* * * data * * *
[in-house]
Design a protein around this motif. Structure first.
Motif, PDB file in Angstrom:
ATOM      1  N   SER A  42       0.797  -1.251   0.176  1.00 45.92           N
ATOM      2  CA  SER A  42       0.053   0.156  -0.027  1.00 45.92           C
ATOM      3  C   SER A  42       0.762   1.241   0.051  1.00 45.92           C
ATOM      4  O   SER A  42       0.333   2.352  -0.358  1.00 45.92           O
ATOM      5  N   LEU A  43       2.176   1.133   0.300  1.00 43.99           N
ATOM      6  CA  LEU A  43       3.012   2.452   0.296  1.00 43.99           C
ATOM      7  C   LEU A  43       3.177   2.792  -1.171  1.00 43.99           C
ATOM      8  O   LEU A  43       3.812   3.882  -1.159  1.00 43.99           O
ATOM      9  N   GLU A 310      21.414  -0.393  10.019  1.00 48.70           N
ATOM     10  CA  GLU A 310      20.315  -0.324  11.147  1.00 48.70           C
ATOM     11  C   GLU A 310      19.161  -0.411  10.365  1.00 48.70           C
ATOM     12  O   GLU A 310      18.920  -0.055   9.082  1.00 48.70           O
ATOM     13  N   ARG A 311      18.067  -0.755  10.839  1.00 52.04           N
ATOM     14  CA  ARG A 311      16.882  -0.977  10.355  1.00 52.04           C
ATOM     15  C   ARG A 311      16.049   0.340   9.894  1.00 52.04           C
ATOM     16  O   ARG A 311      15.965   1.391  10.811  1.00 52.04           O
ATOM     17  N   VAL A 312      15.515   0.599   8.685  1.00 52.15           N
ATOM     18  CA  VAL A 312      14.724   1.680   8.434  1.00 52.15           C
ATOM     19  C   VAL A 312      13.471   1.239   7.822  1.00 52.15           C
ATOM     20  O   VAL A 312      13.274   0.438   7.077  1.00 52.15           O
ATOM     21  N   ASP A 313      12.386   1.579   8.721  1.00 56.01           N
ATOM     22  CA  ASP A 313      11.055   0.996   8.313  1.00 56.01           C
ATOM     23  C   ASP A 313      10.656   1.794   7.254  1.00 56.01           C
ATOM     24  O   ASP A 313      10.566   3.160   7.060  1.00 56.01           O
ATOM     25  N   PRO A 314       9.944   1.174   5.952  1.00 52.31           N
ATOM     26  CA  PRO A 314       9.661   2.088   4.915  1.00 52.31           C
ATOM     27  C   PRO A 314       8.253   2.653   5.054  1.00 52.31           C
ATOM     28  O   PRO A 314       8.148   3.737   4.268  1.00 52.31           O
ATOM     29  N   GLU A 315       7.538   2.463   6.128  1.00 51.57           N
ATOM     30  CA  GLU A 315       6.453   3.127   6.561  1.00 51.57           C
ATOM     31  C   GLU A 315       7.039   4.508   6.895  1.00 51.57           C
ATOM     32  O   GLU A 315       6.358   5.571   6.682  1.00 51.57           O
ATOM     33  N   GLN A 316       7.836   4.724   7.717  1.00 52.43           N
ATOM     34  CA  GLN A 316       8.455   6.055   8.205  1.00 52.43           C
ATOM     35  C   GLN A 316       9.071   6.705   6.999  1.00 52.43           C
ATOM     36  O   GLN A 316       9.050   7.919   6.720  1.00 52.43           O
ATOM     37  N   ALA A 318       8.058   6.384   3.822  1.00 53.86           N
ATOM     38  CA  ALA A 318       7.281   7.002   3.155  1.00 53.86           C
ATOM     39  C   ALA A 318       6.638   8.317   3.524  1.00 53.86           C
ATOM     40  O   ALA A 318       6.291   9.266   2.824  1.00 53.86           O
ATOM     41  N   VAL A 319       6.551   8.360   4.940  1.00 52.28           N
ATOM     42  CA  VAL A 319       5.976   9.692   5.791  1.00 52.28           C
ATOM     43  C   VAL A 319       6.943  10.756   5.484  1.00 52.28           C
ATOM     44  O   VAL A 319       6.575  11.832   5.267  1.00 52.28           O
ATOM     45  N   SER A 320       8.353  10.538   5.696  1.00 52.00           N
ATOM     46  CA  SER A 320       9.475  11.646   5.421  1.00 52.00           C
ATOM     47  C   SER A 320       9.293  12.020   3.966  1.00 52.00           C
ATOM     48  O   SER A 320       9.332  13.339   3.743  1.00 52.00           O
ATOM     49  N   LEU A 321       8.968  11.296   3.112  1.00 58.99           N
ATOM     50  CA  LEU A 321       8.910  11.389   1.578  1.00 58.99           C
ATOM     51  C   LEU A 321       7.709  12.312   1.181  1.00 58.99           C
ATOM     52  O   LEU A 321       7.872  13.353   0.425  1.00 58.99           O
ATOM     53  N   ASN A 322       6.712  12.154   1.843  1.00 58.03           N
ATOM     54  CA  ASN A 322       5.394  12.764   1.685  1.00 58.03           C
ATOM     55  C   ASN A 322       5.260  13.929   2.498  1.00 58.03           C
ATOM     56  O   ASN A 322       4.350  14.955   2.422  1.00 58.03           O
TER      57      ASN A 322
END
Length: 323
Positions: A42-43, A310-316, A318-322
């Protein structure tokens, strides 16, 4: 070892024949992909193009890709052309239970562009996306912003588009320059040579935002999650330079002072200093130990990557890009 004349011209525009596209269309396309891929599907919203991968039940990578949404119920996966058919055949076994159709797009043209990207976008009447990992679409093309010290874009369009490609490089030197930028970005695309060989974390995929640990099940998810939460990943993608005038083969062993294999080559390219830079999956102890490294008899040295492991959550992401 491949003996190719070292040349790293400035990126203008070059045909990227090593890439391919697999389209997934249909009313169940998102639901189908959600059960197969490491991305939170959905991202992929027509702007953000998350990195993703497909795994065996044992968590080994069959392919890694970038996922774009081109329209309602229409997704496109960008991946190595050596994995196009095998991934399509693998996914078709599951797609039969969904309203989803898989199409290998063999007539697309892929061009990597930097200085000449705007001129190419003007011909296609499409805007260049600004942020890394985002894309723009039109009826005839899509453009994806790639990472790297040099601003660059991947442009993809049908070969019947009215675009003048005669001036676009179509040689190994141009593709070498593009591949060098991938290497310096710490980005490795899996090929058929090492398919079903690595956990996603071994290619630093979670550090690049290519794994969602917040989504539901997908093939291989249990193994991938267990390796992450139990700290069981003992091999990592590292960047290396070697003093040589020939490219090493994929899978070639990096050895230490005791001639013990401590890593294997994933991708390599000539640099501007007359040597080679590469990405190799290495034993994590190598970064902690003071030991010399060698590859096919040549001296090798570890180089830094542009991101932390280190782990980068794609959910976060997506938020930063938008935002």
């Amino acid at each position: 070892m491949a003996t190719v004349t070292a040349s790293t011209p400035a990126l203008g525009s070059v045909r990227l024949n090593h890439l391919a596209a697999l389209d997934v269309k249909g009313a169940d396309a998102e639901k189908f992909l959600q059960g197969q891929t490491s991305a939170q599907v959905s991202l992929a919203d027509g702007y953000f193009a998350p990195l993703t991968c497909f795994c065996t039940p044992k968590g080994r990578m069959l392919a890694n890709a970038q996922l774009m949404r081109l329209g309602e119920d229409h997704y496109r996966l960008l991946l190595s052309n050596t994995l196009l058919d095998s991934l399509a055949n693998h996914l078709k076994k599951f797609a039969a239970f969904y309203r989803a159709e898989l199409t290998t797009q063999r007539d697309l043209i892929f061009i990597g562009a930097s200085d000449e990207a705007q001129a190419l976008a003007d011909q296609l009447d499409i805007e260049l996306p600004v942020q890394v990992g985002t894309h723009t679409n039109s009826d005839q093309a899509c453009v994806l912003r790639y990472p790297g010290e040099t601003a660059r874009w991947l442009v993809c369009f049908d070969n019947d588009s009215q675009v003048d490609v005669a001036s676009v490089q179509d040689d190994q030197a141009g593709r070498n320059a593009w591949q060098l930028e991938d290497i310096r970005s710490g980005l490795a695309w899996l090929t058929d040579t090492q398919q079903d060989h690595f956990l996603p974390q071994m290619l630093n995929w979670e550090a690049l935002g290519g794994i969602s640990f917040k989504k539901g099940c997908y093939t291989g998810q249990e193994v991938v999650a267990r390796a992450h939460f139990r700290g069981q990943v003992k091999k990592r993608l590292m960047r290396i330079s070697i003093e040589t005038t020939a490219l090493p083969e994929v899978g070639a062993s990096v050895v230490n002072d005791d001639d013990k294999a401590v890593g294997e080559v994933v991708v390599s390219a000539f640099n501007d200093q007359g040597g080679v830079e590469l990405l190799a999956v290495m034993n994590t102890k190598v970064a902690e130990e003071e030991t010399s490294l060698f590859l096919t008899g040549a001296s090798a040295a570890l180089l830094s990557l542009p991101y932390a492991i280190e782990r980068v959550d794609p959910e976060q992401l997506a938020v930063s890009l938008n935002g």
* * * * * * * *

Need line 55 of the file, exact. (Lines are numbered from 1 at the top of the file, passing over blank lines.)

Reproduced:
ATOM     52  O   LEU A 321       7.872  13.353   0.425  1.00 58.99           O